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UW Researchers Contribute to Continent-Building Discovery

April 1, 2015
UW Professor of Geophysics Steve Holbrook
UW Professor of Geophysics Steve Holbrook was part of a study detailing how relatively recent geologic events hold the secrets of the extreme continent-building that took place billions of years earlier.

An international research team, including University of Wyoming Professor of Geophysics Steve Holbrook and current and former UW graduate students, has revealed information about how continents were generated on Earth more than 2.5 billion years ago — and how those processes have continued within the last 70 million years to profoundly affect the planet’s life and climate.

Published online Tuesday in Nature Geoscience, the study details how relatively recent geologic events — volcanic activity 10 million years ago in what is now Panama and Costa Rica — hold the secrets of the extreme continent-building that took place billions of years earlier.

The discovery provides new understanding about the formation of the Earth’s continental crust — masses of buoyant rock rich with silica, a compound that combines silicon and oxygen.

“Without continental crust, the whole planet would be covered with water,” says lead author Esteban Gazel, an assistant professor of geology with Virginia Tech University’s College of Science, in a Virginia Tech media release. “Most terrestrial planets in the solar system have basaltic crusts similar to Earth’s oceanic crust, but the continental masses — areas of buoyant, thick silicic crust — are a unique characteristic of Earth.”

Joining Gazel in the research were Holbrook, former UW Ph.D. student Erik Everson and current Ph.D. student Jorden Hayes of Richland Center, Wis. Hayes is the second author of the paper.

“The generation of continental crust has been a long-standing mystery in Earth science,” Holbrook says. “Our study represents the first time that the signatures of continental crust — both geophysical and geochemical — have been observed in an active volcanic arc.”

“This research is really exciting because crustal genesis has systematic implications for nearly every other period of Earth's history,” Hayes says. “As a geophysicist, it is highly rewarding to see our geophysical interpretation corroborate with geochemical observations.”

The continental mass of the planet formed in the Archaean Eon, about 2.5 billion years ago. The Earth was three times hotter, volcanic activity was considerably higher, and life was probably very limited.

Many scientists think that all of the planet’s continental crust was generated during this time in Earth’s history, and the material continually recycles through collisions of tectonic plates on the outermost shell of the planet.

But the new research shows “juvenile” continental crust has been produced throughout Earth’s history.

“Whether the Earth has been recycling all of its continental crust has always been the big mystery,” Gazel said. “We were able to use the formation of the Central America land bridge as a natural laboratory to understand how continents formed, and we discovered while the massive production of continental crust that took place during the Archaean is no longer the norm, there are exceptions that produce ‘juvenile’ continental crust.”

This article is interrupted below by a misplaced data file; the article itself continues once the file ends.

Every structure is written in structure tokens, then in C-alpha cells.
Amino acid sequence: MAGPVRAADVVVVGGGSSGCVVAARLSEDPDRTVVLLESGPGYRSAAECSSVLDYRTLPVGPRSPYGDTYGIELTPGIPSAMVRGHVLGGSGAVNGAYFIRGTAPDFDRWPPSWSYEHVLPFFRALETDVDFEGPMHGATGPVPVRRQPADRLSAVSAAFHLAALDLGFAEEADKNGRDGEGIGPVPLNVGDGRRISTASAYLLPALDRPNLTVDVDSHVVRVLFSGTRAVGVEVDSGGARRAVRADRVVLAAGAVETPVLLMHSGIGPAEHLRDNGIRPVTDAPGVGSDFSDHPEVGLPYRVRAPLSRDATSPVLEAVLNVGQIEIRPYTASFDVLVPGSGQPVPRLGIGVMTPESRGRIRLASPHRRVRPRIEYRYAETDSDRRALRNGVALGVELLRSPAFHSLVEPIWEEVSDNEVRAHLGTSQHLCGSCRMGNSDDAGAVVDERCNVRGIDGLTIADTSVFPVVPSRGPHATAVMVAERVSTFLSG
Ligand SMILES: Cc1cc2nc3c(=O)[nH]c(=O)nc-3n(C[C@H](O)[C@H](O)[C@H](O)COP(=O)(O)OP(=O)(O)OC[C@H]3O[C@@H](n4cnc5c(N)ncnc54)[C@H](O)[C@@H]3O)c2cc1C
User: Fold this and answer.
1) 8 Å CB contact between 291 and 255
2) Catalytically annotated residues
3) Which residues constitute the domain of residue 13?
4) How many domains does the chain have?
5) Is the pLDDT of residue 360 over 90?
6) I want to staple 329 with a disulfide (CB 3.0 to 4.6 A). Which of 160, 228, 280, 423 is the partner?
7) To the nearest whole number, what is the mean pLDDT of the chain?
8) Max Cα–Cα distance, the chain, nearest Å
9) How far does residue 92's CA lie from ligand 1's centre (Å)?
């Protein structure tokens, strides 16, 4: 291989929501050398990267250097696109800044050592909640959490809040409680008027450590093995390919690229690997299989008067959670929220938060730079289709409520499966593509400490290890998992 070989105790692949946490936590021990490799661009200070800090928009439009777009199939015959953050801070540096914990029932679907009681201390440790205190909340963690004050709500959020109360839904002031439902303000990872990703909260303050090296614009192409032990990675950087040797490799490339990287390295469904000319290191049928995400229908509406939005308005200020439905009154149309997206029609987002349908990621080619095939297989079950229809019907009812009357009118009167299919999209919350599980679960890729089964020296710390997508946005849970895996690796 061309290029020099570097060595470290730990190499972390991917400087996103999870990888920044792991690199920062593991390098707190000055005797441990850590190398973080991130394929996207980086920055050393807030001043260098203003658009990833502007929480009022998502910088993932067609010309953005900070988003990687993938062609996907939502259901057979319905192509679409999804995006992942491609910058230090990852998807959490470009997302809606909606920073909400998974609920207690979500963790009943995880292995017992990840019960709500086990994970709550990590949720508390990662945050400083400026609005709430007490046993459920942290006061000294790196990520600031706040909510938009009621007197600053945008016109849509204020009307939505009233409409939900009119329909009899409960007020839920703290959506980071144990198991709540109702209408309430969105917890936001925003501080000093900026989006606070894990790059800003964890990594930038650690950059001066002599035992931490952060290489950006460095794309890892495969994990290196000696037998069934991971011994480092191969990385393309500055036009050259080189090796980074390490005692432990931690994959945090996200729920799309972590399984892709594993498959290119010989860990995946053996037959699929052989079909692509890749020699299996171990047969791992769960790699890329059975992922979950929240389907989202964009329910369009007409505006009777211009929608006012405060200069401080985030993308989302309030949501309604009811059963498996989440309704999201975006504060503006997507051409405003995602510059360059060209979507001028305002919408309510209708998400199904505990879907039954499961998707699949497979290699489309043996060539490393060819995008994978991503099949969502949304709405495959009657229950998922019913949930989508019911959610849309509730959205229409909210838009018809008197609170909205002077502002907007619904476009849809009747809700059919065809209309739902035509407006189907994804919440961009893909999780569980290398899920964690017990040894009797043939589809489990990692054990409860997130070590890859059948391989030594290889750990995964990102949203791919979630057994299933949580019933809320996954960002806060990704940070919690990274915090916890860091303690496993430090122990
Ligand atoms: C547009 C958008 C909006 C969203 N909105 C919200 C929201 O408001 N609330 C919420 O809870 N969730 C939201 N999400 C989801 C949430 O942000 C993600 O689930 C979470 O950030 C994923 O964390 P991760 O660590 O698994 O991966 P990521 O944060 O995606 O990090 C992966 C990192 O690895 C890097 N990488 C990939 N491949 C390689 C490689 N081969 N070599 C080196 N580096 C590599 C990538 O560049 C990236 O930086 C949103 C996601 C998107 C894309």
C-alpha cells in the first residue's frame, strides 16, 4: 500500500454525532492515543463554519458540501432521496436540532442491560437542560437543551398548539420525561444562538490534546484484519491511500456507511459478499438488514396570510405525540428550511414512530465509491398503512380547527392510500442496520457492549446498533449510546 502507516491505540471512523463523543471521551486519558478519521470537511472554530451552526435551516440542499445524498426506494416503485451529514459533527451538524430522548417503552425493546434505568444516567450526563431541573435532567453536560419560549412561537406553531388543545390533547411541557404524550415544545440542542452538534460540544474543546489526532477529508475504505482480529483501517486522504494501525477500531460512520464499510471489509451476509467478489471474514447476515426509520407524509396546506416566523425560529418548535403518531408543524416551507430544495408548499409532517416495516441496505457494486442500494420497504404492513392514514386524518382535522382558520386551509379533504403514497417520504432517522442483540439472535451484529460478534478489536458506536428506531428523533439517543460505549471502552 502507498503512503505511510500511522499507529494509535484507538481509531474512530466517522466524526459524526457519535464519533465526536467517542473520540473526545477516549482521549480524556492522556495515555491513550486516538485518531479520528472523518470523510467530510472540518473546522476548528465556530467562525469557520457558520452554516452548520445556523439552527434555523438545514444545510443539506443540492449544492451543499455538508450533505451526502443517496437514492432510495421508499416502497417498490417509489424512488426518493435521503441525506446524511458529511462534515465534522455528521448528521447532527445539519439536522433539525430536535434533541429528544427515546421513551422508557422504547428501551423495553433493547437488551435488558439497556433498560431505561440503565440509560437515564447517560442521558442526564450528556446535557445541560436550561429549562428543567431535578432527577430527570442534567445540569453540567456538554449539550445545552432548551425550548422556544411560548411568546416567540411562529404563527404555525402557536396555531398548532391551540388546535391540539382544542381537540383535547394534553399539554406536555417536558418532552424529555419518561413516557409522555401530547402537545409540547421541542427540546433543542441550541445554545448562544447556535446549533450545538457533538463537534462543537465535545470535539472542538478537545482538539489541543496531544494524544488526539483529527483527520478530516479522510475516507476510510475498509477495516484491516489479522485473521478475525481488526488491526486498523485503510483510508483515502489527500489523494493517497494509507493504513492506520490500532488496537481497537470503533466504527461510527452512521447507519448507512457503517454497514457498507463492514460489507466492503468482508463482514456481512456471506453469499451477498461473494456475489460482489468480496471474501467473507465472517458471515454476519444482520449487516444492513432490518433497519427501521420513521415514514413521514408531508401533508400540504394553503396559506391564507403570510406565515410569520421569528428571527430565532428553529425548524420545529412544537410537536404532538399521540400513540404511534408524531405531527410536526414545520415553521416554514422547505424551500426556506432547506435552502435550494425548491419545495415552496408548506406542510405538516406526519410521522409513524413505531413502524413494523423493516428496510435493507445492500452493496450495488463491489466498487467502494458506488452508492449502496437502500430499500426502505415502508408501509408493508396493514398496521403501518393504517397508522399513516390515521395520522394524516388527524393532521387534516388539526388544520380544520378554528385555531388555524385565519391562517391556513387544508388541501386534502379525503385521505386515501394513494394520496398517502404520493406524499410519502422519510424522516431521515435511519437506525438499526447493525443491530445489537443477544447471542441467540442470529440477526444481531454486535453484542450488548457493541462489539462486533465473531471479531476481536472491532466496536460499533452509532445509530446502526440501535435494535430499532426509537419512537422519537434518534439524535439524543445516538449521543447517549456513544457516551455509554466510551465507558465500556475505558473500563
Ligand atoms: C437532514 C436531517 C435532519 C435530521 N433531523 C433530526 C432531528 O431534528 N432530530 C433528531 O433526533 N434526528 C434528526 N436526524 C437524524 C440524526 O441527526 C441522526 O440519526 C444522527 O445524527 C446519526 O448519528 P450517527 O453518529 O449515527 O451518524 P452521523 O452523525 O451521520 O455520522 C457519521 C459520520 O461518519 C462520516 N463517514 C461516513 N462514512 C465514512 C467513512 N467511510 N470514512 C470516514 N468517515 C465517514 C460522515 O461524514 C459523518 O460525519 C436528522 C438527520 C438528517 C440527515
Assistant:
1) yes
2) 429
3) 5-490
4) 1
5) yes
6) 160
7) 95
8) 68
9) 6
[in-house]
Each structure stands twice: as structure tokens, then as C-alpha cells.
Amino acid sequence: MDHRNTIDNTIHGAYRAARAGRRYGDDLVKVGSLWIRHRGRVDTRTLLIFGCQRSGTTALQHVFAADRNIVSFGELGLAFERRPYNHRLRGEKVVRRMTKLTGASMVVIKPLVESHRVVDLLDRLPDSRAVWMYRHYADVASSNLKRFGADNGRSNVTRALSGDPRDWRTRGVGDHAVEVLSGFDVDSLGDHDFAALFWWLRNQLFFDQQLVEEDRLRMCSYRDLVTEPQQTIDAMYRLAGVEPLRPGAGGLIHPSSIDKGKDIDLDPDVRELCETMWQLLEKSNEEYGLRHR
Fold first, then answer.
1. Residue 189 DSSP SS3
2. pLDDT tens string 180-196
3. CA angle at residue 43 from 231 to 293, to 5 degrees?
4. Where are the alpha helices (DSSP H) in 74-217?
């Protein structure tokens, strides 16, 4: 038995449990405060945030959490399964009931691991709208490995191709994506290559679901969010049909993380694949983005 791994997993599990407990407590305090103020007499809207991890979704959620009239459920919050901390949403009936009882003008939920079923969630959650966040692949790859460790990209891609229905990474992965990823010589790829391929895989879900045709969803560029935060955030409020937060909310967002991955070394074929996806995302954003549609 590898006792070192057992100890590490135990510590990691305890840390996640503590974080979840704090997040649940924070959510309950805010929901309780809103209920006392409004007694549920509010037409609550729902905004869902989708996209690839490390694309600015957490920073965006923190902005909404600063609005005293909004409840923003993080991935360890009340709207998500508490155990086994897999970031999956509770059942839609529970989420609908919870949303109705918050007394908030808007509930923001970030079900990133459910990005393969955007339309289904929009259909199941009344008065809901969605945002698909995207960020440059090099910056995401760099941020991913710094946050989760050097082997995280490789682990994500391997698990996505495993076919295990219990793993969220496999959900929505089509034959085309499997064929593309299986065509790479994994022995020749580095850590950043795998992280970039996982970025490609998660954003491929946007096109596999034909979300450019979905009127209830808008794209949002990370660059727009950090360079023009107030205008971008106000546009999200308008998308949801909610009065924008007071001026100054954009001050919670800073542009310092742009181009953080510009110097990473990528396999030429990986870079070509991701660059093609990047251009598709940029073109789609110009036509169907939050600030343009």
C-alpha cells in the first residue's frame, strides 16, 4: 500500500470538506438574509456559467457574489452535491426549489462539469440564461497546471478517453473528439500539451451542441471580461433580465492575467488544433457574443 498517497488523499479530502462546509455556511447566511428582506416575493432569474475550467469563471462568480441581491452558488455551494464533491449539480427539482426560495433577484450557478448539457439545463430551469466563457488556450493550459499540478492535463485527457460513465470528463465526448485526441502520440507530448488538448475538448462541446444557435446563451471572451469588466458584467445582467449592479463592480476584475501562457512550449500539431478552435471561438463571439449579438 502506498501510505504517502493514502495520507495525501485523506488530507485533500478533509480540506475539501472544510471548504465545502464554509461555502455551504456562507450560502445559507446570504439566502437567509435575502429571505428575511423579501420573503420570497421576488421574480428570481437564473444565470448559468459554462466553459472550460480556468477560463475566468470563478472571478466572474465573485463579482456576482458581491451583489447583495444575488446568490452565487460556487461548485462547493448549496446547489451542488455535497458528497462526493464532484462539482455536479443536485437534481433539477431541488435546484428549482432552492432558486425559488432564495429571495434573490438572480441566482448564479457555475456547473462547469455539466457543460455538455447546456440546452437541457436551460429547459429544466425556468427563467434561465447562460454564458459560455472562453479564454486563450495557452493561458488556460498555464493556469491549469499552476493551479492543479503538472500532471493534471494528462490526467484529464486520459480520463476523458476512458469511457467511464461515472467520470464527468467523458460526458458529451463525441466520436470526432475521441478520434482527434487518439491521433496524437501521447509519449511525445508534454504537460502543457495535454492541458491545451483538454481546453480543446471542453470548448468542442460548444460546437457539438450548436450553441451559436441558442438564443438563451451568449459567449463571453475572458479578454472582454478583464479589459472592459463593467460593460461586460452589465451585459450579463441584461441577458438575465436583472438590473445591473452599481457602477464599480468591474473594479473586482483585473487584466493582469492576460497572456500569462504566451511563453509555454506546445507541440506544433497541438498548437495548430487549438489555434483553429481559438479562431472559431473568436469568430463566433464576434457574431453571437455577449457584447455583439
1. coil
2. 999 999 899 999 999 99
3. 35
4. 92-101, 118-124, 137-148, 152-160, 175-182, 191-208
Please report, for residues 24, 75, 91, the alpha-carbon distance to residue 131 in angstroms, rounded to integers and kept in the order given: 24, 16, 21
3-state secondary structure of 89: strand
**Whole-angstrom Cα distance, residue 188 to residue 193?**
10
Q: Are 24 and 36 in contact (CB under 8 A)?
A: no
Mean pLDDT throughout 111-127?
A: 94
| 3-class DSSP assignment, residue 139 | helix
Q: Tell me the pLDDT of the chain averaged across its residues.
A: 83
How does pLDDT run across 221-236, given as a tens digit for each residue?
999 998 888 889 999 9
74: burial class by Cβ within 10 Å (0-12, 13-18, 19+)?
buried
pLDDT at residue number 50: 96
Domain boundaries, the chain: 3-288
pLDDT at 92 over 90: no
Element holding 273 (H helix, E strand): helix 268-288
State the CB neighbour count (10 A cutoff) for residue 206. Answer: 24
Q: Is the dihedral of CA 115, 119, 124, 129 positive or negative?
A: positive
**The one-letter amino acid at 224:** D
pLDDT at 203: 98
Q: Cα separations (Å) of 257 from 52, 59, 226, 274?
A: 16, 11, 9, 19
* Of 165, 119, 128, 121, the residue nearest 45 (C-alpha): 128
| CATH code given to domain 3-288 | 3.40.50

The researchers used geochemical and geophysical data to reconstruct the evolution of what is now Costa Rica and Panama, which was generated when two oceanic plates collided and melted iron- and magnesium-rich oceanic crust over the past 70 million years, Gazel says. Melting of the oceanic crust originally produced what today are the Galapagos Islands, reproducing Achaean-like conditions to provide the “missing ingredient” in the generation of continental crust.

The researchers discovered the geochemical signature of erupted lavas reached continental crust-like composition about 10 million years ago. They tested the material and observed seismic waves traveling through the crust at velocities closer to the ones observed in continental crust worldwide.

Additionally, the researchers provided a global survey of volcanoes from oceanic arcs, where two oceanic plates interact. The western Aleutian Islands and the Iwo Jima segment of the Izu-Bonin islands are some other examples of juvenile continental crust that has formed recently, the researchers say.

The study raises questions about the global impact newly generated continental crust has had over the ages, and the role it has played in the evolution of not just continents, but life itself.

For example, the formation of the Central American land bridge resulted in the closure of the seaway, which changed how the ocean circulated, separated marine species, and had a powerful impact on the planet’s climate.

“We’ve revealed a major unknown in the evolution of our planet,” Gazel says.

Other researchers involved in the project include the GEOMAR Helmholtz Center for Ocean Research in Kiel, Germany, the Lamont-Doherty Earth Observatory of Columbia University, Simon Fraser University in Canada, Rutgers University and the University of South Carolina.


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